Flat protectio



amazinmets73

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Aug 11, 2010
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I've just about had enough. I do most of my riding on Baltimore's streets, which vary from bad to atrocious, and I've been flatting repeatedly (3 times in the last 15 miles)! What are the best forms of protection against flats? Gatorskins or a similarly constructed tire? Tubeless tires?
 

dabac

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Sep 16, 2003
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On a bike with fairly wide, low pressure tires you can set it up what MTBers refer to as "ghetto tubeless".
This gives decent protection against smallish penetration punctures. You might need to top up pressure though. And remove the foreign object that caused the flat. And the most common sealants will need topping up every 3-6 months.
There are also slime filled tubes, or you can get tubes with replaceable valve cores and add sealant yourself.

Typically, the performance of these methods tends to go down as the tire pressure goes up.

Some people are entirely happy with puncture protected tires, and/or tire liners. Others think they degrade the ride too much.

The extreme approach are the airless AKA airfree AKA solid tires. I've used them extensively and found them entirely rideable, although there is a trade-off. It was tolerable to me, but many find it too much.
There are also generic foam inserts to be used with any appropriately sized tire available, but I don't think I've read about anybody being happy with those. Either the rolling resistance or the mounting is horrible.
 

Froze

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Jul 13, 2004
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Tubeless designs require a big expense due to having to buy new rims, there is the Stans program but those don't seem to work as well as dedicated tubeless systems. Also when a tubeless tire goes flat it's sudden, like a blow out, whereas most tube flats are slower.

If the flats are coming from the road and into the tread you need to consider going with a nearly bullet proof tire like the Specialized Armadillo All Condition tire; this is a heavy tire compared to say Continental Grand Prix or the such, but at least half the weight as the Schwalbe Marathon Plus which is probably the most bullet proof tire on the market. Or you can get a lighter tire like the Hutchinson Intensive Hardskin tire and for add protection, especially for the rear, add a Panaracer Flat Away liner. The Panaracer Flat Away liner is the best liner on the market by far over anything else. I do some light touring and use a pair of Panaracer Pasela TG tires and installed a Flat Away liner in the back tire because most flats occur on the rear, and I don't want to hassle with removing the panniers etc while on a tour. Likewise in your case you don't want to hassle with flats commuting to work, so a Flat Away liner in the rear will stop most flats if not all, but a liner won't protect the sidewalls so a good tire like the Gatorskin or the Intensive Hardskin combined with a liner will make the tire virtually flat free, or like I mentioned the Armadillo All Condition tire is an extraordinary flat free tire with very long wear life that will far exceed the Gatorskin or the Intensive.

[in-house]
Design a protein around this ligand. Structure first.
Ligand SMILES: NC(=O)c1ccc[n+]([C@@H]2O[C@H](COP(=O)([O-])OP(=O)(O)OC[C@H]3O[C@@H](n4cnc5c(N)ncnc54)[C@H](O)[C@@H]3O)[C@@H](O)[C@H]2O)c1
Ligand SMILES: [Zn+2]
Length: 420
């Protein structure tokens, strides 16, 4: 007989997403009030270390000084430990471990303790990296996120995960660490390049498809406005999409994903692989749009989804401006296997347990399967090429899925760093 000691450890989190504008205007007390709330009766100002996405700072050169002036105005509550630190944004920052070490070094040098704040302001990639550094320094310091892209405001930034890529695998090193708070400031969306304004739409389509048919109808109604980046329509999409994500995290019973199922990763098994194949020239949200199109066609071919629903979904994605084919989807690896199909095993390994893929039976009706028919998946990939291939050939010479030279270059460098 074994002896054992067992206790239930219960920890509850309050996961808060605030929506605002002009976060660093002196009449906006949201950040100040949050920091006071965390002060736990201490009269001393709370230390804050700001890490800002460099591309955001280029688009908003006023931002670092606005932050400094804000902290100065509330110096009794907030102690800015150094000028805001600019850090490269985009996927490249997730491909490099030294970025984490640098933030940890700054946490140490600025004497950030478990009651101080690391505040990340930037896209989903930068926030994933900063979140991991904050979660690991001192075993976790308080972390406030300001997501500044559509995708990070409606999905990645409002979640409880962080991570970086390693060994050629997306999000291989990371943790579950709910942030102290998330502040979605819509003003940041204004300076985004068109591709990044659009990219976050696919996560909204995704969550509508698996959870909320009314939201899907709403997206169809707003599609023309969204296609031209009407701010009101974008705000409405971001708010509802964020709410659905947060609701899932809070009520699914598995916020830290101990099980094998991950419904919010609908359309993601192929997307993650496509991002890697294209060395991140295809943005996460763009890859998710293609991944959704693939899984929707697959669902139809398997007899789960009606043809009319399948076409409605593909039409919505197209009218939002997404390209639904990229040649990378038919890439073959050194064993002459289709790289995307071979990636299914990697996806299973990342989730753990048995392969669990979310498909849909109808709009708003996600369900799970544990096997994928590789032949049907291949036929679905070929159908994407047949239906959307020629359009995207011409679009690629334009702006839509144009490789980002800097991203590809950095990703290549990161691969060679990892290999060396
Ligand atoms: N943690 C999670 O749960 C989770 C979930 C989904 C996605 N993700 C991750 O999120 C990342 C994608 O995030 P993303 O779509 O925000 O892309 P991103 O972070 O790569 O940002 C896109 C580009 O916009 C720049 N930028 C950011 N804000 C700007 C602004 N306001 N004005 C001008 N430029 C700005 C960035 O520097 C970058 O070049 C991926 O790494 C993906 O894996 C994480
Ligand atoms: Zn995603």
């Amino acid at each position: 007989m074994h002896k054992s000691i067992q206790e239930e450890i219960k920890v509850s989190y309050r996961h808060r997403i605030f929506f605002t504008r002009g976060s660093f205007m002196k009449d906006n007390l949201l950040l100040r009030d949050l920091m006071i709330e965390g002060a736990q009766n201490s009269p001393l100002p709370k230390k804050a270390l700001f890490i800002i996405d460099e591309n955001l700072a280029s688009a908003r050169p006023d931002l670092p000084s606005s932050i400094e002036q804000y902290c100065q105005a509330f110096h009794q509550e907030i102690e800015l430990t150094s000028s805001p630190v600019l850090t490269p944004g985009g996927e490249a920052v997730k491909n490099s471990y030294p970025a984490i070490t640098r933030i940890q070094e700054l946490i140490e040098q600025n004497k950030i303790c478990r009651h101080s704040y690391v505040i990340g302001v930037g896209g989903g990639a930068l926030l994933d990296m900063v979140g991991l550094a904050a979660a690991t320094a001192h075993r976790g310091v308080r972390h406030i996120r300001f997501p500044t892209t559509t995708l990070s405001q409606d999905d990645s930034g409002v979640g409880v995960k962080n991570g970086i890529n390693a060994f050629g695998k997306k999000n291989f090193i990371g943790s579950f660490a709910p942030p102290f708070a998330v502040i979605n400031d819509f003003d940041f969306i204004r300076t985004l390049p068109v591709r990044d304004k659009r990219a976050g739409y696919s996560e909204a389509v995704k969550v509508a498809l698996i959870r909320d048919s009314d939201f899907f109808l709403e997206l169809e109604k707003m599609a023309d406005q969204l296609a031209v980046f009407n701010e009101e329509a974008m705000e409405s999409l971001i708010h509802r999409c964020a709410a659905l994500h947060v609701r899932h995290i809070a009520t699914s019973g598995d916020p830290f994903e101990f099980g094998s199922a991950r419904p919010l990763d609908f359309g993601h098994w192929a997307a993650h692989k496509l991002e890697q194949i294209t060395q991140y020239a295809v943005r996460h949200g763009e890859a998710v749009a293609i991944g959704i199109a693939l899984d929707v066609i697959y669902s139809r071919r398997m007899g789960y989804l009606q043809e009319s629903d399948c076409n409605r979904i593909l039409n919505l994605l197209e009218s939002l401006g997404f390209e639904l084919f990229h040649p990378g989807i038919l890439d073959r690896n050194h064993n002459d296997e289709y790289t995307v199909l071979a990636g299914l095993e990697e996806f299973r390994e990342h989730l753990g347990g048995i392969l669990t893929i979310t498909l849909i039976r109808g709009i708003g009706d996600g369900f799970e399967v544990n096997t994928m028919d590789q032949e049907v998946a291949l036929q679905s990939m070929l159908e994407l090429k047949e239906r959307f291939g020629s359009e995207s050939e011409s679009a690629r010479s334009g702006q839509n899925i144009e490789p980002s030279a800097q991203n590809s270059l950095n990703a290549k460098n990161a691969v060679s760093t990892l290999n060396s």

CAMPYBOB

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Sep 12, 2005
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a) Watch where you are riding.

b) Move.

c) Do both.

d) Buy heavy duty commuting tires fitted the heaviest butyl tubes. Pro Tip: Gatorskins, despite ad copy to the contrary, are not heavy duty commuting tires designed to take the daily abuses of city streets.
 

maydog

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Feb 5, 2010
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3 flats in 15 miles? You probably have some debris embedded in the tire or are changing the tube improperly.

If you are not too concerned about weight, a good option would be to consider using a Cross or Randonneur type tire if they will fit the frame. I never had much luck with the kevlar belted claimed flat resistant road tires.

I used to use thorn resistant tubes which are 4x thicker than a regular butyl tube and did get less (maybe 0?) flats. They now hang in my garage since they do increase rolling resistance noticeably. Now I get less flats by just being aware of debris and riding around it.
 

Froze

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I use to live in the Mojave Desert area of California where goathead thorns ruled the road and ruined tires. After much frustration of trying many tires and at least 5 flats a week including the heralded Conti Gatorskin WITH a Mr Tuffy liner AND a slime tube (which are junk once the psi gets over 70 and the valves were poor quality), I finally discovered the Specialized Armadillo All Condition tire. With the Armadillo and just a ultralight racing tube I never had another flat again in over 15,000 miles of riding out there. Armadillo doesn't use kevlar, which a thorn can simply separate the cords and hit the tube, not sure what Specialized used in that tire but it works. Mr Tuffy's are not that great either, goathead thorns just pushed on through, the best liner is the Panaracer FlatAway liner, I actually took a tack and was able to penetrate the Mr Tuffy fairly easily, but I could not penetrate the FlatAway at all! And even cutting the two with scissors the Mr Tuffy cut like butter but my hand was aching from trying to cut the FlatAway. However the Flataway is a one time use liner, once the tire is wore out you have to install a new liner into the new tire. I averaged about 7,000 miles on the Specialized and about 4,000 miles on others,